Featured Linguist!

Jost Gippert: Our Featured Linguist!

"Buenos dias", "buenas noches" -- this was the first words in a foreign language I heard in my life, as a three-year old boy growing up in developing post-war Western Germany, where the first gastarbeiters had arrived from Spain. Fascinated by the strange sounds, I tried to get to know some more languages, the only opportunity being TV courses of English and French -- there was no foreign language education for pre-teen school children in Germany yet in those days. Read more

Donate Now | Visit the Fund Drive Homepage

Amount Raised:


Still Needed:


Can anyone overtake Syntax in the Subfield Challenge ?

Grad School Challenge Leader: University of Washington

Publishing Partner: Cambridge University Press CUP Extra Publisher Login
amazon logo
More Info

New from Oxford University Press!


What is English? And Why Should We Care?

By: Tim William Machan

To find some answers Tim Machan explores the language's present and past, and looks ahead to its futures among the one and a half billion people who speak it. His search is fascinating and important, for definitions of English have influenced education and law in many countries and helped shape the identities of those who live in them.

New from Cambridge University Press!


Medical Writing in Early Modern English

Edited by Irma Taavitsainen and Paivi Pahta

This volume provides a new perspective on the evolution of the special language of medicine, based on the electronic corpus of Early Modern English Medical Texts, containing over two million words of medical writing from 1500 to 1700.

Book Information


Title: From Sign to Signing
Subtitle: Iconicity in language and literature. Volume 3.
Edited By: Wolfgang G. Müller
Olga Fischer
URL: http://www.benjamins.nl/cgi-bin/t_bookview.cgi?bookid=Z_116

This volume, a sequel to Form Miming Meaning (1999) and The Motivated Sign (2001), offers a selection of papers given at the Third International Symposium on Iconicity in Language and Literature (Jena 2001). The studies collected here present a number of new departures. Special consideration is given to the way non-linguistic visual and auditory signs (such as gestures and bird sounds) are represented in language, and more specifically in ‘signed’ language, and how such signs influence semantic conceptualization. Other studies examine more closely how visual signs and representations of time and space are incorporated or reflected in literary language, in fiction as well as (experimental) poetry. A further new approach concerns intermedial iconicity, which emerges in art when its medium is changed or another medium is imitated. A more abstract, diagrammatic type of iconicity is again investigated, with reference to both language and literature: some essays focus on the device of reduplication, isomorphic tendencies in word formation and on creative iconic patterns in syntax, while others explore numerical design in Dante and geometrical patterning in Dylan Thomas. A number of theoretically-oriented papers pursue post-Peircean approaches, such as the application of reader-response theory and of systems theory to iconicity.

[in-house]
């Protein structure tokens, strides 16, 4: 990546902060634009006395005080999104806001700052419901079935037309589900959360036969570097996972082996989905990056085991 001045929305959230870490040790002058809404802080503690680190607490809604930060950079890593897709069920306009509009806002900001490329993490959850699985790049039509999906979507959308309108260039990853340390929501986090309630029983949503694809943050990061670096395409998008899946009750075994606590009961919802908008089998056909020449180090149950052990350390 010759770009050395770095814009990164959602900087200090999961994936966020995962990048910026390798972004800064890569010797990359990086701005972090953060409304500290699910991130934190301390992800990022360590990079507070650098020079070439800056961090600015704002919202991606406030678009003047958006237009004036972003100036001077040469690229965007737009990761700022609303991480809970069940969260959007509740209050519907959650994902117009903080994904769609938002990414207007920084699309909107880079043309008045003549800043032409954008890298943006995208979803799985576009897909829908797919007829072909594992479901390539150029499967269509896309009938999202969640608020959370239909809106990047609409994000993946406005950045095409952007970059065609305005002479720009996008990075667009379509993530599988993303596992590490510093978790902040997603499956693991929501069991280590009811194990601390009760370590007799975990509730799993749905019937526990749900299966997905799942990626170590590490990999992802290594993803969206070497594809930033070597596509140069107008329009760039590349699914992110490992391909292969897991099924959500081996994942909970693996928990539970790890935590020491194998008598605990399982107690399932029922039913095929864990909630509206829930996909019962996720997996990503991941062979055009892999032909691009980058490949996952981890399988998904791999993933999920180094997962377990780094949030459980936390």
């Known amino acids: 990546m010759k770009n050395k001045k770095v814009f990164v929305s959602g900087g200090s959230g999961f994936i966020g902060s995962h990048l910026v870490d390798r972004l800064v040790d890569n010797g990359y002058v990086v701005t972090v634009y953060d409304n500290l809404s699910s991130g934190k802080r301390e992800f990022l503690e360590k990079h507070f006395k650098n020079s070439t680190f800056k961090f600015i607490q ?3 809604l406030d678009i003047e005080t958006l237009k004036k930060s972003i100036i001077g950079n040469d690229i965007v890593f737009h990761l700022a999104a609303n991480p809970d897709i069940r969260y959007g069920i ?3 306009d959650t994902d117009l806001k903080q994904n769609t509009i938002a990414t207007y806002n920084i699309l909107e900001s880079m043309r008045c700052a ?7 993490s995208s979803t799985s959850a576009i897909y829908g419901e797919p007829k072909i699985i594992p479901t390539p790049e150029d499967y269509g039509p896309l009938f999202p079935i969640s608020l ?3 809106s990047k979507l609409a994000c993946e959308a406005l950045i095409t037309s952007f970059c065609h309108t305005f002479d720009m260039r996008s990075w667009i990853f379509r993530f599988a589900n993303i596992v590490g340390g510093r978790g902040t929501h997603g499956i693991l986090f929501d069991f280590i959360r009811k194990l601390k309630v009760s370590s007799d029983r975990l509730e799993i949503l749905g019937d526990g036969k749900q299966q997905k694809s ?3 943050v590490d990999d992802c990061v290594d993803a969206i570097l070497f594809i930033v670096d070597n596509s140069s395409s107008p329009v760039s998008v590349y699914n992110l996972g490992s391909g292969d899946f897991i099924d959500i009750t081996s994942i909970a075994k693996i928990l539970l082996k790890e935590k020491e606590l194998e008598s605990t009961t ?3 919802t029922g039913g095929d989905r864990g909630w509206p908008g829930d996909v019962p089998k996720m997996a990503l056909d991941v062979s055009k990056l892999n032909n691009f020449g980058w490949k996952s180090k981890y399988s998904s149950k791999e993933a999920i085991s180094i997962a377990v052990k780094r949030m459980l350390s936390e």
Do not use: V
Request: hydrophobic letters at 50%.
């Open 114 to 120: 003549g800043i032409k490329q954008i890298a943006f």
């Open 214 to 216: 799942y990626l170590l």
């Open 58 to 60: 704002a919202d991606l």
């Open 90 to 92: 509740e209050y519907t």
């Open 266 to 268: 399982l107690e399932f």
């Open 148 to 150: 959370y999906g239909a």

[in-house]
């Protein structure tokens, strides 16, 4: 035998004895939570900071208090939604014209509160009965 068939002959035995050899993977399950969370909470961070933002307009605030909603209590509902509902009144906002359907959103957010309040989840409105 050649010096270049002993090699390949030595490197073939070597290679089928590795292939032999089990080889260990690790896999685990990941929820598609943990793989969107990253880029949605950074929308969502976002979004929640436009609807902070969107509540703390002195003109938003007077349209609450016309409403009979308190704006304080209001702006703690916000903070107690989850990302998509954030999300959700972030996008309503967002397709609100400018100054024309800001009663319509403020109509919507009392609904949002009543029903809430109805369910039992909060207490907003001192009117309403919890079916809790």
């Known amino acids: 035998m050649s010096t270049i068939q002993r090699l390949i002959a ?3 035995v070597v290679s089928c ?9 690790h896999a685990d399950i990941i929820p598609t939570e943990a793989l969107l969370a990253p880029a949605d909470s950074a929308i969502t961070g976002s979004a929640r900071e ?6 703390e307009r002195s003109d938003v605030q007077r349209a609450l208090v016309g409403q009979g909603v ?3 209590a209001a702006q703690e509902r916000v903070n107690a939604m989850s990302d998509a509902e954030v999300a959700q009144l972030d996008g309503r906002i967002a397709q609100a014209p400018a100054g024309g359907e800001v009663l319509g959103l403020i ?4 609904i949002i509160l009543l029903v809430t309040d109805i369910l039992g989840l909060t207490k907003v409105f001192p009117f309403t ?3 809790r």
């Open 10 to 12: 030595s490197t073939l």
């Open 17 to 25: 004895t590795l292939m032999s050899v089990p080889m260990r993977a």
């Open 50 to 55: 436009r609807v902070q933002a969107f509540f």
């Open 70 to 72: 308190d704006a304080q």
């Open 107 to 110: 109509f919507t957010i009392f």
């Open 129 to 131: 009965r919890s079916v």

Table of Contents

Preface and acknowledgments ix•x
List of contributors xi•xiii
Introduction: From Signing back to Signs
Olga Fischer and Wolfgang G. Müller 1•20
Part I: Auditory and visual signs and signing 21
The influence of sign language iconicity on semantic conceptualization
Klaudia Grote and Erika Linz 23•39
What You See Is What You Get: Iconicity and metaphor in the visual language of written and signed poetry: A cognitive poetic approach
William J. Herlofsky 41•61
Spatial iconicity in two English verb classes
Axel Hübler 63•77
What imitates birdcalls? Two experiments on birdcalls and their linguistic representations
Keiko Masuda 79•103
Part II: Visual iconicity and iconic mapping 105
Perspective in experimental shaped poetry: A semiotic approach
John J. White 107•129
Where reading peters out: Iconic images in the entropic text
Julian Moyle 131•153
Iconic representation of space and time in Vladimir Sorokin’s novel The ueue (Ochered’)þ
Andreas Ohme 155•167 “Vision and Prayer”: Dylan Thomas and the Power of X
Matthias Bauer 169•183
Diagrams in narrative: Visual strategies in contemporary fiction
Christina Ljungberg 185•201
Part III: Structural iconicity 203
The iconicity of Afrikaans reduplication
C. Jac Conradie 205•225
Diagrammatic iconicity in the lexicon: Base and derivation in the history of German verbal word-formation
Volker Harm 227•243
Creative syntax: Iconic principles within the symbolic
Beate Hampe and Doris Schönefeld 245•263
Aspects of grammatical iconicity in English
Guenter Rohdenburg 265•287
Beatrice: or The geometry of love
Wilhelm Pötters 289•316
How metaphor and iconicity are entwined in poetry: A case in Haikuþ
Masako K. Hiraga 317•335
Part IV: Intermedial iconicity 337
Intermedial iconicity in fiction: Tema con variazioni
Werner Wolf 339•360
Iconicity and literary translation
Elżbieta Tabakowska 361•376
Part V: New applications of sign theory 377
Iconizing literature
Jorgen Dines Johansen 379•410
From signal to symbol: Towards a systems typology of linguistic signs
Piotr Sadowski 411•424
Author index 425
Subject index 427

Publication Year: 2003
Publisher: John Benjamins
Review: Read the review
BibTex: View BibTex record
Linguistic Field(s): Discourse Analysis
Cognitive Science
Language Family(ies): Sign Language
Issue: All announcements sent out by The LINGUIST List are emailed to our subscribers and archived with the Library of Congress.
Click here to see the original emailed issue.

Format: Hardback
ISBN: 1588112888
ISBN-13: 9781588112880
Pages: xiv, 441 pp.
Prices: U.S. $ 196
Format: Hardback
ISBN: 9027225931
ISBN-13: N/A
Pages: xiv, 441 pp.
Prices: EUR 130.00